Utah State University : : USU Hard News Cafe

March 2006 : :


Rock and Punk Music


Black and White and Shades of Gray

Carnegie Professors

Cheer 'Em On!

LDS General Conference

Logan After Dark

Parade of Homes

Jill Prichard

The Chili Dog Man and his salvaged white van

Photography and text :: Jason A. Givens

LOGAN -- It may not look like much, but there's more to the big white van selling chili dogs in the Hastings parking lot on North 400 Street than meets the eye.

The owner of the van, David Summers, originally from Phoenix, said it's "kind of an interesting story" how he got started selling chili dogs and other items ranging from ham sandwiches to bowls of homemade chili from a van.

Summers said about three years ago, he and a business partner had plans to start a restaurant in Logan. Summers said he invested a lot of money and acquired a lot of debt to start the restaurant. He said about three days before Christmas his partner backed out and said he didn't want to go into the restaurant business.

"I was up to my eyeballs in debt," Summers said. "I panicked and was ready to hitchhike to Florida." Summers said he was hitchhiking and about 30 miles outside of Oklahoma City at about 3 in the morning, in a 1972 Ford LTD doing about 75, when he was rear-ended by a Chevy Tahoe doing 90. He said the car was pushed off the road and rolled over three times.

"I'm all shot to hell," Summers said. "My shoulder needs worked on, my back needs to be worked on, I can't afford the medical bills."

After the accident Summers said he returned to Logan, where he lived all last winter in a van in the Wal-Mart parking lot. He said he returned to Logan because "every time I leave, something weird happens."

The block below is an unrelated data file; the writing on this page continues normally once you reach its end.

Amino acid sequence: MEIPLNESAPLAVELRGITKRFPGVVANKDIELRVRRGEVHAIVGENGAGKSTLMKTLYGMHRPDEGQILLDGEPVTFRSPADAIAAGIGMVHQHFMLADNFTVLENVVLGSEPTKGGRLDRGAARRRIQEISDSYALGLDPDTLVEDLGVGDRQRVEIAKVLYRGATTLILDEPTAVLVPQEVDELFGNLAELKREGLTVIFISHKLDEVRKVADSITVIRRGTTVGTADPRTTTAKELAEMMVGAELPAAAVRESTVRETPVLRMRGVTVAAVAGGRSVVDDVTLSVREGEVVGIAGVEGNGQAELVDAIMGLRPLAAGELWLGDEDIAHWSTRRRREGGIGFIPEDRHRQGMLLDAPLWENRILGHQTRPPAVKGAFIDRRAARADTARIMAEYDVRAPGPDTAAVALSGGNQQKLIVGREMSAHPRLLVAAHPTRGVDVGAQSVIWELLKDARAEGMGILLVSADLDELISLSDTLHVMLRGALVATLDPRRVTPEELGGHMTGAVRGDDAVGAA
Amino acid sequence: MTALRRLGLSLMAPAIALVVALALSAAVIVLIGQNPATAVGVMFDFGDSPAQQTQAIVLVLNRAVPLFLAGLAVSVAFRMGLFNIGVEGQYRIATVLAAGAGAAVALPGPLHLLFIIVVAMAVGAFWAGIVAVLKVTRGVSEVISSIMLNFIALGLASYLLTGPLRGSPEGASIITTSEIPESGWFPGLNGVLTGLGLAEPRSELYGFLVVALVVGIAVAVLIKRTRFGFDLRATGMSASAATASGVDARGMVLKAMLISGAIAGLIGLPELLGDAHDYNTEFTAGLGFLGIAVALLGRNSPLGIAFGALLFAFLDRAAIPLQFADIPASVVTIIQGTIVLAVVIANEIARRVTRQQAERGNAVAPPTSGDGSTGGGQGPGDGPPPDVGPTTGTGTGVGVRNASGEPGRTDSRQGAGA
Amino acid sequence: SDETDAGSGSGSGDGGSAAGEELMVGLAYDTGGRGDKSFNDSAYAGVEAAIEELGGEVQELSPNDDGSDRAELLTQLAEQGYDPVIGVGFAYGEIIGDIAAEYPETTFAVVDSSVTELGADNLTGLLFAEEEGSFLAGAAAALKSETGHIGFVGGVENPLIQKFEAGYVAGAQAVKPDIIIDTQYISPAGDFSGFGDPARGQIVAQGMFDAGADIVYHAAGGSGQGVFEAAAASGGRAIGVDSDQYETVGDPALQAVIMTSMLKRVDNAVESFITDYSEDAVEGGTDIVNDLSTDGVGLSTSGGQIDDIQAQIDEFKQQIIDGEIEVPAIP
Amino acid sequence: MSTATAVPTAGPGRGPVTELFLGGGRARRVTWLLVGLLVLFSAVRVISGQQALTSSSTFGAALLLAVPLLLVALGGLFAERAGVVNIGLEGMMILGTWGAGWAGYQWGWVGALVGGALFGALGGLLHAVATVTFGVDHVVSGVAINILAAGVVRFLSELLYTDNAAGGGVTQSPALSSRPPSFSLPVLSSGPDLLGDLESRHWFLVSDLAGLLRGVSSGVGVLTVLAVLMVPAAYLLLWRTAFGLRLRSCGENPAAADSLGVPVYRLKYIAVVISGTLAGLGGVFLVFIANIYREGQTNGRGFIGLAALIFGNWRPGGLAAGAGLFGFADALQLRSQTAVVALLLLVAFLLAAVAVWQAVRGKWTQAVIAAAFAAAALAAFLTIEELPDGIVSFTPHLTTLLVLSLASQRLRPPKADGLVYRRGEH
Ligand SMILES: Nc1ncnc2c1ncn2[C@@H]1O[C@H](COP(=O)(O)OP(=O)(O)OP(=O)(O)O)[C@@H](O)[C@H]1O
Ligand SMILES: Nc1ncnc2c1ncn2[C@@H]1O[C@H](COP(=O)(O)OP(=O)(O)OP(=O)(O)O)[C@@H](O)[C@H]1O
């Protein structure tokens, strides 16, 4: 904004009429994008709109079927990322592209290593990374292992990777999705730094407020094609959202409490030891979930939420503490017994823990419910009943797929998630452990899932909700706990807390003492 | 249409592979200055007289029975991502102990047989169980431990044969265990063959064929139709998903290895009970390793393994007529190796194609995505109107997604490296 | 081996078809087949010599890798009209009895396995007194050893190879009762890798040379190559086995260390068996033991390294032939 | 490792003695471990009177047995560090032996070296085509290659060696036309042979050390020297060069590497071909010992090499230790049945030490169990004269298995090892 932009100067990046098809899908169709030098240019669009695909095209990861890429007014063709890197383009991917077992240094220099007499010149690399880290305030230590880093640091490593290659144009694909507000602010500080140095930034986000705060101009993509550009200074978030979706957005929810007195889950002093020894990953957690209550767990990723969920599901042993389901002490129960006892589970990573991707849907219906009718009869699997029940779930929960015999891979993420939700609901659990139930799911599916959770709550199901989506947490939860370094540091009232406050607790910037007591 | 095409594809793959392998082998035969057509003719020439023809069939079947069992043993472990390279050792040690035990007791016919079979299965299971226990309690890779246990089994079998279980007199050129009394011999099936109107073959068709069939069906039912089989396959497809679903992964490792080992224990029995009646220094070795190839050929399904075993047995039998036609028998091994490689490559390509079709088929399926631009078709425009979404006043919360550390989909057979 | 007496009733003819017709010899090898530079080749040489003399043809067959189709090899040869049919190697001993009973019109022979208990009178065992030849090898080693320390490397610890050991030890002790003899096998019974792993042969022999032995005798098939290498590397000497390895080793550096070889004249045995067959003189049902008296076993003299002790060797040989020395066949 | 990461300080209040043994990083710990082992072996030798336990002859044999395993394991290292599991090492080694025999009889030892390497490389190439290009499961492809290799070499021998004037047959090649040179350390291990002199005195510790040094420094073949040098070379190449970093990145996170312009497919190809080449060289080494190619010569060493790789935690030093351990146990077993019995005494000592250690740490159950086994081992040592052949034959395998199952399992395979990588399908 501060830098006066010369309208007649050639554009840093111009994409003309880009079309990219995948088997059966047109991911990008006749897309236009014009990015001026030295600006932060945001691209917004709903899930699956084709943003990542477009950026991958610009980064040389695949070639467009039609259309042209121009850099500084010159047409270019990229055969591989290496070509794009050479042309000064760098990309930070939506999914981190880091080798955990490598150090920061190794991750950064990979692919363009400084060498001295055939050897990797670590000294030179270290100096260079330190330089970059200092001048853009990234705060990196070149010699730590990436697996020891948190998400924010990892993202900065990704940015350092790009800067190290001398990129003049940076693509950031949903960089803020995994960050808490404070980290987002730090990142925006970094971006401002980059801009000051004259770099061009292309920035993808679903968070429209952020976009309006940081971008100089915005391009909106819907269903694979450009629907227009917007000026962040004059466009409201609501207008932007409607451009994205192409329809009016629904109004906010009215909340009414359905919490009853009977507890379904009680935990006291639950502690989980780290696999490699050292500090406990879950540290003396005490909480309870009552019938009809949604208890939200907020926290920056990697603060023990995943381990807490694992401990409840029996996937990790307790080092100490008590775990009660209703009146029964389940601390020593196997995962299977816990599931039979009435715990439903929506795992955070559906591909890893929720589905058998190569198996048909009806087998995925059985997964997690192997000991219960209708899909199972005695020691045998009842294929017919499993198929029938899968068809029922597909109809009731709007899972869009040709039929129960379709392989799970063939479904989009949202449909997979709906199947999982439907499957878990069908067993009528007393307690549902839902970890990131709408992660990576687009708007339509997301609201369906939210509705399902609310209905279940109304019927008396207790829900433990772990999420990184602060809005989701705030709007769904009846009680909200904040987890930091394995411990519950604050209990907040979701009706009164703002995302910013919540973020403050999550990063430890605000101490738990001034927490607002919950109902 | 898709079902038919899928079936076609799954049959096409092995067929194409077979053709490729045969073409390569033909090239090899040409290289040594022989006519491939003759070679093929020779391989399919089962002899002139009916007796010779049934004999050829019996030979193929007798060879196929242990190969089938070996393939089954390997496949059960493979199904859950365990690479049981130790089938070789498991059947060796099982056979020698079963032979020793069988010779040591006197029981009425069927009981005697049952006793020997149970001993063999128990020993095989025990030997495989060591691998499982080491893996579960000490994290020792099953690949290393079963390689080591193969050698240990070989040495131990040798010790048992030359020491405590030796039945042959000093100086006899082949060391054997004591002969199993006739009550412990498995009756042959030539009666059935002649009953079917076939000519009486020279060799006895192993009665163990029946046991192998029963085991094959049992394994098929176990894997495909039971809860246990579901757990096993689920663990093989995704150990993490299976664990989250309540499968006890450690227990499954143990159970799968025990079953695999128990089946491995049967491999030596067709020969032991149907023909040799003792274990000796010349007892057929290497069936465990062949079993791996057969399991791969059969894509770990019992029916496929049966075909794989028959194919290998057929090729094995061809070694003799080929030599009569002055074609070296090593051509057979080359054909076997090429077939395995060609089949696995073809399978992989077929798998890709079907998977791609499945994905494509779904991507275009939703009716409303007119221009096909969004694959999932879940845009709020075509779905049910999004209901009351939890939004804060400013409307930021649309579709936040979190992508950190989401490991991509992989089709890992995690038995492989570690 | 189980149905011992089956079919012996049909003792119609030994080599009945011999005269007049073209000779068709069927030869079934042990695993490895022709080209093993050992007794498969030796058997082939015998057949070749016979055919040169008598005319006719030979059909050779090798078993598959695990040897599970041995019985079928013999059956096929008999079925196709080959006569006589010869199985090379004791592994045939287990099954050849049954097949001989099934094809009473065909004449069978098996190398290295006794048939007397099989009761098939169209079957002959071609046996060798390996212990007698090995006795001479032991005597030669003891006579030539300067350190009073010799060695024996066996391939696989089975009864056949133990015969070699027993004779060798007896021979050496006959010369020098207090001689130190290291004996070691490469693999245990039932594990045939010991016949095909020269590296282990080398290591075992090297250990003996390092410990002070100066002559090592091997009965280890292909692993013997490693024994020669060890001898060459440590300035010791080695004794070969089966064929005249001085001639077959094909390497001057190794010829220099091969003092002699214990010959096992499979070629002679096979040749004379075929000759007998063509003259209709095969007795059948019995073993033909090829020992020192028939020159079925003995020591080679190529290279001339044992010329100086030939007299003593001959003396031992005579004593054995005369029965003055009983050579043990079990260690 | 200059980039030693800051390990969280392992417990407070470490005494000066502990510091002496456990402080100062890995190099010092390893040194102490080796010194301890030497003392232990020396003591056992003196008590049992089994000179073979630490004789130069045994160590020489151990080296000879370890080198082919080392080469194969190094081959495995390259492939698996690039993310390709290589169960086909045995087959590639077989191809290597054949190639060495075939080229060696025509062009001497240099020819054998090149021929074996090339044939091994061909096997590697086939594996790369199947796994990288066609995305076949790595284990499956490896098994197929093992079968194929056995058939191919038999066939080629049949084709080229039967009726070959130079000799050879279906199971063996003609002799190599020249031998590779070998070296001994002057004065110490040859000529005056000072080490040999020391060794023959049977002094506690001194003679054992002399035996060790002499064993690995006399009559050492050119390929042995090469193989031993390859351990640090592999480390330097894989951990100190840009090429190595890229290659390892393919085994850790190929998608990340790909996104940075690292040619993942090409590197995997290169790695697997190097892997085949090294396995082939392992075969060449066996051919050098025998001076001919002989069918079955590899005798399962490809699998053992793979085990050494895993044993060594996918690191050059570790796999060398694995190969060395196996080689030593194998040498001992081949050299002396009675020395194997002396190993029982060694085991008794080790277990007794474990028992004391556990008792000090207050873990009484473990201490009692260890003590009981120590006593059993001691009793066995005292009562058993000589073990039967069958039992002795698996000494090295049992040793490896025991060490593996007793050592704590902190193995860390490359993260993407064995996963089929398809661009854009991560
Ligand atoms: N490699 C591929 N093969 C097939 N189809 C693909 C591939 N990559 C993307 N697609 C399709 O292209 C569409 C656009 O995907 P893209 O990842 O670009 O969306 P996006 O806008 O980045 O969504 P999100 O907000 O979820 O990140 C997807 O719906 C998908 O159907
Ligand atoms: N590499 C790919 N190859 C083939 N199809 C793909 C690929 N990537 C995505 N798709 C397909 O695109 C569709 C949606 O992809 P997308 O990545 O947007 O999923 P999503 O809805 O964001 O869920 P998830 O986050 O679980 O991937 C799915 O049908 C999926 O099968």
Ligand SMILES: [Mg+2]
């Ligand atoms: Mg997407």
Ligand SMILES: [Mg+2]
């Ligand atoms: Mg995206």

Summers said he ended up living in Logan originally because his car broke down. He said he lived in Alaska for about 20 years and ran a janitorial business for about seven years. It was fun and he made a lot of money, he said.

"But, I made the mistake of getting married." He later divorced, left Alaska and ended up doing some work for a farmer in Washington. The farmer gave him an old yellow van and he started traveling around the country for about six months until he broke down in Logan.

He said finally the insurance company gave him just enough money from the accident to take care of some bills. He and his friend Mac salvaged the hot dog van from a field and installed some of the restaurant equipment, which he had purchased when he was planning to start his restaurant.

"I wish I got more business," Summers said. "I just enjoy cooking."

Summers said he was raised by his grandparents and when he was going to school he couldn't learn to read and write. His grandparents wanted him to learn a trade so they sent him to live with his uncle who owned a restaurant. He said he's been working in restaurants off and on since he was about 13.

He said people have been telling him business should increase. "I hope it picks up soon because if not I'm going to end up living in this thing," he said. If business doesn't pick up soon he said he'll end up living in his van again either in the Wal-Mart parking lot or in the hills somewhere.

He said when business takes off he plans on starting a regular restaurant in Logan.

"One thing Logan does need is just a regular restaurant that sells regular food. All the restaurants in Logan are either Mexican or Chinese," he said.

He said he back packed and camped out all over Alaska and did a lot of interesting things. He said he's stood on top of a glacier and he's also seen Denali, the tallest mountain in North America. Sometimes he said it was so cold when he was camping out that he doesn't know how he survived.

"I'm surprised I didn't freeze to death," he said.

Summers said if someone were to write down his life story that no one would believe it.

"People would think it was a work of fiction," he said.

-Jason A. Givens

Click the thumbnail photos below for larger versions.

"I'm all shot to hell."

"I just enjoy cooking."